The Latvian financial market watchdog FKTK declared PNB Banka, formerly known as Norvik, insolvent on August 22.
The decision comes in the wake of an assessment by the European Central Bank (ECB) from August 15 that PNB was “failing or likely to fail” because of “significant capital shortfalls.”
The ECB began supervising PNB Banka earlier this year after the bank’s main shareholder, the Russian-born UK citizen Grigory Guselnikov, accused Latvia’s central bank governor Ilmars Rimsevics and the FKTK of trying to force a bribe. Riga asked for the ECB’s supervision to avoid accusations of being impartial in the conflict.
Guselnikov claimed the Latvian authorities put the bank under “unfair, arbitrary, improperly motivated and unreasonable regulatory treatment” in order to extort money in return for allowing the bank to carry on business in the Baltic state.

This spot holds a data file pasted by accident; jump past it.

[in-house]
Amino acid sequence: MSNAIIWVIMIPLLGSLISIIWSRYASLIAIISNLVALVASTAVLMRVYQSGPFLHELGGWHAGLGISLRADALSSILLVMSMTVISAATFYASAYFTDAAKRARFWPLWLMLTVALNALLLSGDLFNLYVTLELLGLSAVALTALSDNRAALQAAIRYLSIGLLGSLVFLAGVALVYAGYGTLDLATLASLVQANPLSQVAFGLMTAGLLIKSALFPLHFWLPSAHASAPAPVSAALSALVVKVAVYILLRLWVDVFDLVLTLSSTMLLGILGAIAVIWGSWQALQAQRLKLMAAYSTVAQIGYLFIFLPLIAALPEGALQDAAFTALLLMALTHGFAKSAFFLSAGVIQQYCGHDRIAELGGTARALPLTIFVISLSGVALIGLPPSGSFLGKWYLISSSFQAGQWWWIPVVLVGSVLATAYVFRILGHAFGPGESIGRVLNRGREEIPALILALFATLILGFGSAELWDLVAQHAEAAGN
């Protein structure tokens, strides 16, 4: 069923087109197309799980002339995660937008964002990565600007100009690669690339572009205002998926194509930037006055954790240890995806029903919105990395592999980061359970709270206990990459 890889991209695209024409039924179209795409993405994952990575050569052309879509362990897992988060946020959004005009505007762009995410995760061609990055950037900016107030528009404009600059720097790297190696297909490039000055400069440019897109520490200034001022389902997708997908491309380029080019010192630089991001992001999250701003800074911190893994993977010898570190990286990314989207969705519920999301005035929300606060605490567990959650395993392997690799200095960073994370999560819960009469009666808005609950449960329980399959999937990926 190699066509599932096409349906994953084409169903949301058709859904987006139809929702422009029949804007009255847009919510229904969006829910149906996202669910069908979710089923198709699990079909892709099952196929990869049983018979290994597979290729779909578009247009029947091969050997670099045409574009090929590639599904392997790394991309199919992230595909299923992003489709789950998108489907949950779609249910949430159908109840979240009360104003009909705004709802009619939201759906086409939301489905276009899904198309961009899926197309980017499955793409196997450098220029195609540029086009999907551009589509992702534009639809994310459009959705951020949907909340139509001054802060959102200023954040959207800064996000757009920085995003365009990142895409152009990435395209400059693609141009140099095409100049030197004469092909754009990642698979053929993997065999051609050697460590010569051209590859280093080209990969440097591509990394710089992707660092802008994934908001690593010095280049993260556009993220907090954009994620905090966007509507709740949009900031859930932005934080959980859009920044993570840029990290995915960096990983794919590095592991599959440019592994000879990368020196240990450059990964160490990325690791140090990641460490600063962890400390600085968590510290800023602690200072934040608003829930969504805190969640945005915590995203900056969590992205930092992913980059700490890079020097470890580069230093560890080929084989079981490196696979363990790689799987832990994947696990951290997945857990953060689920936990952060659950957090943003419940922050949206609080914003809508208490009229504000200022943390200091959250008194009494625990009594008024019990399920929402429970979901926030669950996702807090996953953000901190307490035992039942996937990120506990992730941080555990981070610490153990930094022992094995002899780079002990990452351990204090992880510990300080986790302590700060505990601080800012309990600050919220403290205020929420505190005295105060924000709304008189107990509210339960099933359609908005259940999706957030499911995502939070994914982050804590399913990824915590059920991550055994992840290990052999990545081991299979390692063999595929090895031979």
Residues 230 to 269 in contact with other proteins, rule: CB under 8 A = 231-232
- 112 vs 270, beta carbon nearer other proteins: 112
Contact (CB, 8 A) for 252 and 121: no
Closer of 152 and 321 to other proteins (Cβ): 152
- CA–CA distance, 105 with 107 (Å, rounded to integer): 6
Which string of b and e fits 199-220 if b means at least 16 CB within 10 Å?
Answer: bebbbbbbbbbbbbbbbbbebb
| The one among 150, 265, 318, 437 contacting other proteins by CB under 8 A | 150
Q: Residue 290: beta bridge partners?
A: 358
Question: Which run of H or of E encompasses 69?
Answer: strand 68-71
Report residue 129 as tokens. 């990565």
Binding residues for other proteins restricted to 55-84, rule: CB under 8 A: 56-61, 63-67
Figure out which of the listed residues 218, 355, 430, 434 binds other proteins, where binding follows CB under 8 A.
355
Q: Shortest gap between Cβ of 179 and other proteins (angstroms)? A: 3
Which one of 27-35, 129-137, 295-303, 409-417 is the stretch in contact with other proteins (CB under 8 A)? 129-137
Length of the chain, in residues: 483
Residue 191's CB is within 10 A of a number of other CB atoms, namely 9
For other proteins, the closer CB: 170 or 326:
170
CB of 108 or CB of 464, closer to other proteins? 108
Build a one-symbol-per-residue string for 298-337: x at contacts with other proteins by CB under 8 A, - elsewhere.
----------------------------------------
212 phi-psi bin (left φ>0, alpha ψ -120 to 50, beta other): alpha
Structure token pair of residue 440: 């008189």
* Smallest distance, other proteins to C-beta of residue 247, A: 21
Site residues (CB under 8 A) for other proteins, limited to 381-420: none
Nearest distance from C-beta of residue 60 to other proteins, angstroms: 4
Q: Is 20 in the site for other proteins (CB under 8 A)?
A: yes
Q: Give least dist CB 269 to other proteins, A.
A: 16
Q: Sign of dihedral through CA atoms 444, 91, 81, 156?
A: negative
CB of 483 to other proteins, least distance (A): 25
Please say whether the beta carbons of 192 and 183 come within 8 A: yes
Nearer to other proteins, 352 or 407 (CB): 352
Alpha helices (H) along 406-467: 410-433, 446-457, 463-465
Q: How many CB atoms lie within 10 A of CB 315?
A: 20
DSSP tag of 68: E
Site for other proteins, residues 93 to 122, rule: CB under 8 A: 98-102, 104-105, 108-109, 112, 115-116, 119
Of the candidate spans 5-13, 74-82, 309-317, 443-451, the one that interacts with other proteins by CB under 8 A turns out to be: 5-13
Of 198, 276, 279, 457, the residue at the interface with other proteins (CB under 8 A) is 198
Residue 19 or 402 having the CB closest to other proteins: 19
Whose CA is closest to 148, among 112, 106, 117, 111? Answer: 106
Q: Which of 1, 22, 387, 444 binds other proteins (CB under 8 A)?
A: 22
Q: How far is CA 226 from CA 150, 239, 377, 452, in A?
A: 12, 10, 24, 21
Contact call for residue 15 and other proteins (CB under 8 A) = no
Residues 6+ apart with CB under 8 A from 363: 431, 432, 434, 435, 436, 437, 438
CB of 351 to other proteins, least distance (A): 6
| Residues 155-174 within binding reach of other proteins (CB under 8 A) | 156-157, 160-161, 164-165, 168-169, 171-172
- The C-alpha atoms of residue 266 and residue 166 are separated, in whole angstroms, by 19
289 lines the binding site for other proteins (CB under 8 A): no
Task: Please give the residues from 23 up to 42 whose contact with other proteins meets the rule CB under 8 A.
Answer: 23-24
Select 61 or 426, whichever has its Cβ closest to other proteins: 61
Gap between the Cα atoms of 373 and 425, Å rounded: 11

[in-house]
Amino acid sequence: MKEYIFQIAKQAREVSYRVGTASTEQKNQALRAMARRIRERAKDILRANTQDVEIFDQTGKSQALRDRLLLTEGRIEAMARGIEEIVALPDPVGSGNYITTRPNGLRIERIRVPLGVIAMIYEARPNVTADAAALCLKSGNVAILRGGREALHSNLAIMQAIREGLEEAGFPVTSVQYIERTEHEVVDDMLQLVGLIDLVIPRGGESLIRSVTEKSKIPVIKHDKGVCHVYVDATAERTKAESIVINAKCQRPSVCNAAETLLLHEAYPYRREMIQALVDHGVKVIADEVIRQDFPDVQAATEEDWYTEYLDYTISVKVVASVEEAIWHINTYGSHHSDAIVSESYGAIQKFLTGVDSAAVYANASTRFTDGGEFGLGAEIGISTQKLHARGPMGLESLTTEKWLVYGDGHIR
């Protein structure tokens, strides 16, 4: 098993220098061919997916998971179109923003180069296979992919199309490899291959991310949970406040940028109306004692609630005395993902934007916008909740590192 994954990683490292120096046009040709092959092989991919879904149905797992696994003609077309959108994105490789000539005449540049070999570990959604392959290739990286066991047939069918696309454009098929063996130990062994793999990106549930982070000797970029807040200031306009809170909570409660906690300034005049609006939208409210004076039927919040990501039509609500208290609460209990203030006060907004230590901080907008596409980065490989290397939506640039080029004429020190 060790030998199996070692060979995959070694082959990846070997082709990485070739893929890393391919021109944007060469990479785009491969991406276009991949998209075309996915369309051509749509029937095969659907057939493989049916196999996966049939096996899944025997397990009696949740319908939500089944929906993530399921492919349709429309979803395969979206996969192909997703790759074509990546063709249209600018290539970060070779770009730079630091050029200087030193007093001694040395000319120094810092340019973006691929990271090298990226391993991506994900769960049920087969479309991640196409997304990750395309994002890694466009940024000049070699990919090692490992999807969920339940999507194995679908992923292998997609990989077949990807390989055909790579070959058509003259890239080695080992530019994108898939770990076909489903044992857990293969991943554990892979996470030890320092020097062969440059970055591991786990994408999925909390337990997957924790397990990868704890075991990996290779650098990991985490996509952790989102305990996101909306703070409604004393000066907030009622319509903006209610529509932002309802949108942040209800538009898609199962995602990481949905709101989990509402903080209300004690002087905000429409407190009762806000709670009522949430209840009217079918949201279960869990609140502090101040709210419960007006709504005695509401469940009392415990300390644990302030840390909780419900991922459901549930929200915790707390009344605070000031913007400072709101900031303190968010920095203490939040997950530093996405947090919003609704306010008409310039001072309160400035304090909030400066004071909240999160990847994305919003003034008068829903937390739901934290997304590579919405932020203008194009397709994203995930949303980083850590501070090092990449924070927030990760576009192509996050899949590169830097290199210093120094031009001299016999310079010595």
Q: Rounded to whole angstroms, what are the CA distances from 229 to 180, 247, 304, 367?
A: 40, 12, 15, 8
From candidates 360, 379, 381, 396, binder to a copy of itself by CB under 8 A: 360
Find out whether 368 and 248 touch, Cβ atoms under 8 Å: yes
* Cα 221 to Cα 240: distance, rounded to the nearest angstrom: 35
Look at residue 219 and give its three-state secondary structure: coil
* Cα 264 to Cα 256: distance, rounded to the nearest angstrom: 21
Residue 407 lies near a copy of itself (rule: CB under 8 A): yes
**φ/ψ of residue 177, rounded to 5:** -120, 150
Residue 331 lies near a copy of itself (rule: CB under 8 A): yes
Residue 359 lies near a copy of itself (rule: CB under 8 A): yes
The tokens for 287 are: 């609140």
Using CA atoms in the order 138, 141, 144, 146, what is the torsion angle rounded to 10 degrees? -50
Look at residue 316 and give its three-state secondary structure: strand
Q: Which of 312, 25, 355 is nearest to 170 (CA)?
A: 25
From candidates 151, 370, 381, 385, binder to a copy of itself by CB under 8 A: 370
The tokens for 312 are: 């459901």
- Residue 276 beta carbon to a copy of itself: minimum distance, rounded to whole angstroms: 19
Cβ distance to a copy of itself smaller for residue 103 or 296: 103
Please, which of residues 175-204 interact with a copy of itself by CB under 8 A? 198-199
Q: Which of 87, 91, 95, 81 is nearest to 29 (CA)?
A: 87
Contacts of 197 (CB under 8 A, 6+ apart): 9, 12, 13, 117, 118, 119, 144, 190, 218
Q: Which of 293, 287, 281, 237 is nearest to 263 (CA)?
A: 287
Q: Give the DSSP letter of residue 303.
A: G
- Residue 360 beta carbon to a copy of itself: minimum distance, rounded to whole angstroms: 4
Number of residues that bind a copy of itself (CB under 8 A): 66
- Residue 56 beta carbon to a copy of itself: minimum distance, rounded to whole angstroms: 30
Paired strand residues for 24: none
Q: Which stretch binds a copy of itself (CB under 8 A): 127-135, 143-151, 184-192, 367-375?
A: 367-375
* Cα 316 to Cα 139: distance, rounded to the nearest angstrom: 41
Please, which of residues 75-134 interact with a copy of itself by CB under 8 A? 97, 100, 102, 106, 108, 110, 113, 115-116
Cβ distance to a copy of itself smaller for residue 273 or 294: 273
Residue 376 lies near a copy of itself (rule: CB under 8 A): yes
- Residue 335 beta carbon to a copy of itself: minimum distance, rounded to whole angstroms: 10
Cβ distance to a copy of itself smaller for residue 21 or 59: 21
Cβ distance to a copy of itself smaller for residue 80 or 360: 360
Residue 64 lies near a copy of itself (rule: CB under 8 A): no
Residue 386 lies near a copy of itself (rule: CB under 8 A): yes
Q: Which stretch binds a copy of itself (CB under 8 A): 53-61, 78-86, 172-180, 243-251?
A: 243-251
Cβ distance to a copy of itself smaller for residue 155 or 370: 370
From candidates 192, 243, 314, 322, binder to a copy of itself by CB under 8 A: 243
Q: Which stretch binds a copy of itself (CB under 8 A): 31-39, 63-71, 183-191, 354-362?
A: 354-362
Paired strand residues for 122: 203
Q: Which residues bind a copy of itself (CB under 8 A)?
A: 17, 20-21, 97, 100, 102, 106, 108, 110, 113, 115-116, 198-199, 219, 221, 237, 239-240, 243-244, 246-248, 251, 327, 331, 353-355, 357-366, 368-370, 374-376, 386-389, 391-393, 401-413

Riga says the bank’s problems are due to its inability to meet capital requirements.
“The bank supervisors, the ECB and the FKTK, have repeatedly applied to PNB Banka supervisory measures for the purpose that the bank would meet regulatory requirements, as well as granted the bank an opportunity to carry out capital strengthening measures within the specified deadlines, but the bank was unable to meet the set limits and deadlines,” the FKTK said in a statement.
The case has also embroiled Latvia’s government that saw the dispute as damaging to the country’s reputation, already in doubt after a series of scandals involving its lenders in money laundering or financing terrorism.
PNB Banka is Latvia’s sixth largest lender. It has €550mn in assets, €472mn in deposits and employs about 500 people.
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